Provecta Presents at ISA POWID Symposium 2017

Provecta was an active participant at the 2017 ISA POWID Symposium held in Cleveland, Ohio. As well as being a Symposium exhibitor, Provecta’s Mr Don Parker acted as a Session Chair, as well as presenting papers on the following topics.

  • POW17-48 – Assessing Operational Risks Associated with Remote and Multi-Unit Supervision Initiatives: An Australian Case Study
  • POW17-45 – Model-based Control Applications for Conversion of Constant-Pressure Drum Boilers to Sliding Pressure Operation

Abstracts for these papers can be seen below. Entire papers are available from the ISA website.

Assessing operational risks associated with remote and multi-unit supervision initiatives: an Australian case study.


Neil Ronan, Provecta Process Automation LLC

Donald Parker, Provecta Process Automation LLC

Keywords: operation risk, multi-unit operation


As operating costs of thermal power plant increase and margins reduce, some generators have successfully introduced more flexible operating arrangements following enhancements to the utility’s instrumentation, protection and automation systems. In Australia, multi-unit and unattended (roaming operator-maintainer) arrangements have been in place at several coal-fired utilities for over ten years, as well as off-site centralized operation of CGT and geographically diverse hydro-generating assets.

One recent project involves the remote (off-site) operation of a supercritical unit in combination with multi-unit operation of a four-unit drum-boiler station from a centralized control room at the four-unit station. Planned operating arrangements, depending on plant state, include single, dual, and remote unit supervision.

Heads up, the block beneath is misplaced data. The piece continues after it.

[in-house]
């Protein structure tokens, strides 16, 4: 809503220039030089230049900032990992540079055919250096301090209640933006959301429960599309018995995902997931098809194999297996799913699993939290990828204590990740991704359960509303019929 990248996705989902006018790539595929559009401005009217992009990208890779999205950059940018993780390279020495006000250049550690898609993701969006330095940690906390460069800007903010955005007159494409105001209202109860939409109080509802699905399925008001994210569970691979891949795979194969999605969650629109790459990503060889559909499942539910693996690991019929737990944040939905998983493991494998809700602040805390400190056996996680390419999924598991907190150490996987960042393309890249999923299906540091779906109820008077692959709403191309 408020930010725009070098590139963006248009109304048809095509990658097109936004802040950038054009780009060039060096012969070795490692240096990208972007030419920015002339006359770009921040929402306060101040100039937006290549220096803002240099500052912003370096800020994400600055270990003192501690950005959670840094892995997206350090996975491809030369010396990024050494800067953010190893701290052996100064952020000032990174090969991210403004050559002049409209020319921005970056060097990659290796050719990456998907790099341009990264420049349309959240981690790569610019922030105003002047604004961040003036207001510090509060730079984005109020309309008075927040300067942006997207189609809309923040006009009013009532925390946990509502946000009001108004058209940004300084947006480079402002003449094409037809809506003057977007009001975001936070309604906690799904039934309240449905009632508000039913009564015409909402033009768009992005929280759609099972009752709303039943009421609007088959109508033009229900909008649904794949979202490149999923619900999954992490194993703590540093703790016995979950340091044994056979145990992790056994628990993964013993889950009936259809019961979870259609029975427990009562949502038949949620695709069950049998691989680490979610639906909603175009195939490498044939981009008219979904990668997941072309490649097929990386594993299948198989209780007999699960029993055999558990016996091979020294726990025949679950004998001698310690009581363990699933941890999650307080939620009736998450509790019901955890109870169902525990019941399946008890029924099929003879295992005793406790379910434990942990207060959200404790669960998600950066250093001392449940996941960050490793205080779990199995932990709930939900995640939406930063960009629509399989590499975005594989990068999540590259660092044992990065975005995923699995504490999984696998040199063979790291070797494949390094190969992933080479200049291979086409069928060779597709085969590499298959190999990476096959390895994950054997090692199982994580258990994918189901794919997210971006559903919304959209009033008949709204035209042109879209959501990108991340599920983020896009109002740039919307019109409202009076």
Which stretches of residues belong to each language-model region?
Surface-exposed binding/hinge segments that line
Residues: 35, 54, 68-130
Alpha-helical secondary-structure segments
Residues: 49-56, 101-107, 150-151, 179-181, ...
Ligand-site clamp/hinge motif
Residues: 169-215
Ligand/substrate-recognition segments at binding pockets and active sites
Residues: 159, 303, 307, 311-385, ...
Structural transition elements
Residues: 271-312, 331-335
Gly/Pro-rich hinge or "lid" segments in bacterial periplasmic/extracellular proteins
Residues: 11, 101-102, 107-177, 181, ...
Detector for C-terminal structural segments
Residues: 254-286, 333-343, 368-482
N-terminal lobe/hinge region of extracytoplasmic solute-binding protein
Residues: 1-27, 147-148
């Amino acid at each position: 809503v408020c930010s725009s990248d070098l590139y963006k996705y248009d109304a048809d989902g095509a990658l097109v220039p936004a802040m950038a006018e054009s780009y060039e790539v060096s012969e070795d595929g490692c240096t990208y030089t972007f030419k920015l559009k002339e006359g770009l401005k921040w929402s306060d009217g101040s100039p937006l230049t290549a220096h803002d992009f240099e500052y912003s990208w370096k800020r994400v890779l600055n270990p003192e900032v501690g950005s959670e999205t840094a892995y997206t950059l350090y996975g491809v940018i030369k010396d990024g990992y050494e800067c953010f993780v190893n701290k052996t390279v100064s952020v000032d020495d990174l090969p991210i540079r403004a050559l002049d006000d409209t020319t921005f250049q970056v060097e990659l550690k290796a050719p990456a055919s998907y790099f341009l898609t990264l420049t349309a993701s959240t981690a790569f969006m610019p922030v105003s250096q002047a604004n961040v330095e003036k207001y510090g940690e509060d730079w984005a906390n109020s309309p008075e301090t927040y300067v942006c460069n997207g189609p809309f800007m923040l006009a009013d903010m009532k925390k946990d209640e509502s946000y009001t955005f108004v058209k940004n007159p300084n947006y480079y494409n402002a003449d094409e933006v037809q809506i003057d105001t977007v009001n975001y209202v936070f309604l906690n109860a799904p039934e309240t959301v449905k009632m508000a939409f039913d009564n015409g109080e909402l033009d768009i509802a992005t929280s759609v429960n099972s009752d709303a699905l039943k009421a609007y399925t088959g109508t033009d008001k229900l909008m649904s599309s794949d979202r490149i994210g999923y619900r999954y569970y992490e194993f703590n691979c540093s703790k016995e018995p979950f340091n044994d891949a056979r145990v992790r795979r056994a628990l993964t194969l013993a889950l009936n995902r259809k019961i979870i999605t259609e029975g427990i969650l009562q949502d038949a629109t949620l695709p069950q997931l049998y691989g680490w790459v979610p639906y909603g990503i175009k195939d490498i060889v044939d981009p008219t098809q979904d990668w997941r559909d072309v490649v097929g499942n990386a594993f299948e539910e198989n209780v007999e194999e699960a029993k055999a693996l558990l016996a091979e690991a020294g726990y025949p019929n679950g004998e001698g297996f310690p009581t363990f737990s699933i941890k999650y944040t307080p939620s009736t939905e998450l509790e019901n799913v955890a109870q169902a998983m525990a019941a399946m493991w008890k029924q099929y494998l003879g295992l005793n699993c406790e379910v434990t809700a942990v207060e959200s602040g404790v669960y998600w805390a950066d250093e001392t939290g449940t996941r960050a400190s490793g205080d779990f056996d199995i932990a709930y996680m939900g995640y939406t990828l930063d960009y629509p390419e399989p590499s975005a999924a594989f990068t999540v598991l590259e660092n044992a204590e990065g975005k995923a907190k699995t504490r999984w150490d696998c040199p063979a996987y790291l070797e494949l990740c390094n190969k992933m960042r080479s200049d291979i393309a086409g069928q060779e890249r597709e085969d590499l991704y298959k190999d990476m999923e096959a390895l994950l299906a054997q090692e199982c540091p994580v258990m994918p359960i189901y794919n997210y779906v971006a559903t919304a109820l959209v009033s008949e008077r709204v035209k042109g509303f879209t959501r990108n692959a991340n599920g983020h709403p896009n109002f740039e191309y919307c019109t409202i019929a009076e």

The authors and other company team members were involved in reviewing identified operational risks and developing the strategy and plan for implementation of this change. Elements included: alarm management, instrumentation integrity, plant protection philosophies, modulating control and trip-to-manual philosophies, level of sequence automaton, control room layout and ergonomics.

This paper discusses the approach, risks and initiatives taken to achieve the operating goals. The process for maintaining functional safety and practical outcomes of the safety-instrumented systems design, as applied to highly self-protecting plant, are presented.

Model-Based Control Applications for Conversion of Constant-Pressure Drum Boilers to Sliding Pressure Operation


Don Parker, ME, Principal Engineer, Provecta Process Automation LLC.

Keywords: Sliding Pressure, Boiler Controls


Many coal-fired constant-pressure drum boilers are still in operation. Often originally designed for operation in the 80-100% load range, they are now becoming subject to the new market imperatives of wider range operation with faster ramp rates.

Several advantages exist in moving to sliding pressure, including improvement in average heat-rate and reduced deviations in HP turbine inlet temperature during ramps. However, several issues can impede the introduction: quantifying the cost-benefit; managing the fast change in fuel required for overfiring (potentially increasing carbon in ash); predicting expected changes in attemperating spray flow requirements and additional thermal stresses caused by both saturation temperature changes at the drum and from fast firing changes during load reversals in AGC.

This paper presents the results of an analysis of unit heat-rate improvement for a US 520MW CE boiler and a model-based co-ordinated control design implemented on several sliding pressure conversions to minimize fuel change rates and thermal stresses by using boiler storage effectively. Simulation results comparing the dynamics of the two modes of operation and field data from an Australian utility are also presented.